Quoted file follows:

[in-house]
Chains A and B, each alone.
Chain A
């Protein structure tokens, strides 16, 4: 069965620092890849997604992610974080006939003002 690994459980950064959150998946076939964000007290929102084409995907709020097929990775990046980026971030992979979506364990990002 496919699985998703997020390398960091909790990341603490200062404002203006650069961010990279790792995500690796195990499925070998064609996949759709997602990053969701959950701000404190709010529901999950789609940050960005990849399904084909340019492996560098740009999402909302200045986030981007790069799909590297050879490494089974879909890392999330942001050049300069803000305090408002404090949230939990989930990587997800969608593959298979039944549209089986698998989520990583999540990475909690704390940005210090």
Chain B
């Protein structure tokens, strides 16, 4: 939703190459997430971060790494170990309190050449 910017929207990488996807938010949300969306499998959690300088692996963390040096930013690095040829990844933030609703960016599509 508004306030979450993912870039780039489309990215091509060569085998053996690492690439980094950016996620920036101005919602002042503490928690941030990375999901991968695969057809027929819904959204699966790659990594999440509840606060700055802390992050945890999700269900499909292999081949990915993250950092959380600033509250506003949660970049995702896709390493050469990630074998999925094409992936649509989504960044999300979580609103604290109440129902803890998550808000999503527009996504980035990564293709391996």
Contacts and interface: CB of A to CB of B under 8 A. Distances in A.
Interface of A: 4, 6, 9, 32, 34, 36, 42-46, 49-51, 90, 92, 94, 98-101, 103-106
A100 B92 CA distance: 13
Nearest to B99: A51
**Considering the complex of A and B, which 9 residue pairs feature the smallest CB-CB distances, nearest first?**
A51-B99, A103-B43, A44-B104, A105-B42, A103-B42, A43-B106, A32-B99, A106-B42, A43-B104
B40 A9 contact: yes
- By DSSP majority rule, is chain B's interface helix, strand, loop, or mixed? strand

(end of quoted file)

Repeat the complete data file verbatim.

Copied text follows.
[in-house]
Chains A and B, each alone.
Chain A
């Protein structure tokens, strides 16, 4: 069965620092890849997604992610974080006939003002 690994459980950064959150998946076939964000007290929102084409995907709020097929990775990046980026971030992979979506364990990002 496919699985998703997020390398960091909790990341603490200062404002203006650069961010990279790792995500690796195990499925070998064609996949759709997602990053969701959950701000404190709010529901999950789609940050960005990849399904084909340019492996560098740009999402909302200045986030981007790069799909590297050879490494089974879909890392999330942001050049300069803000305090408002404090949230939990989930990587997800969608593959298979039944549209089986698998989520990583999540990475909690704390940005210090």
Chain B
């Protein structure tokens, strides 16, 4: 939703190459997430971060790494170990309190050449 910017929207990488996807938010949300969306499998959690300088692996963390040096930013690095040829990844933030609703960016599509 508004306030979450993912870039780039489309990215091509060569085998053996690492690439980094950016996620920036101005919602002042503490928690941030990375999901991968695969057809027929819904959204699966790659990594999440509840606060700055802390992050945890999700269900499909292999081949990915993250950092959380600033509250506003949660970049995702896709390493050469990630074998999925094409992936649509989504960044999300979580609103604290109440129902803890998550808000999503527009996504980035990564293709391996």
Contacts and interface: CB of A to CB of B under 8 A. Distances in A.
Interface of A: 4, 6, 9, 32, 34, 36, 42-46, 49-51, 90, 92, 94, 98-101, 103-106
A100 B92 CA distance: 13
Nearest to B99: A51
**Considering the complex of A and B, which 9 residue pairs feature the smallest CB-CB distances, nearest first?**
A51-B99, A103-B43, A44-B104, A105-B42, A103-B42, A43-B106, A32-B99, A106-B42, A43-B104
B40 A9 contact: yes
- By DSSP majority rule, is chain B's interface helix, strand, loop, or mixed? strand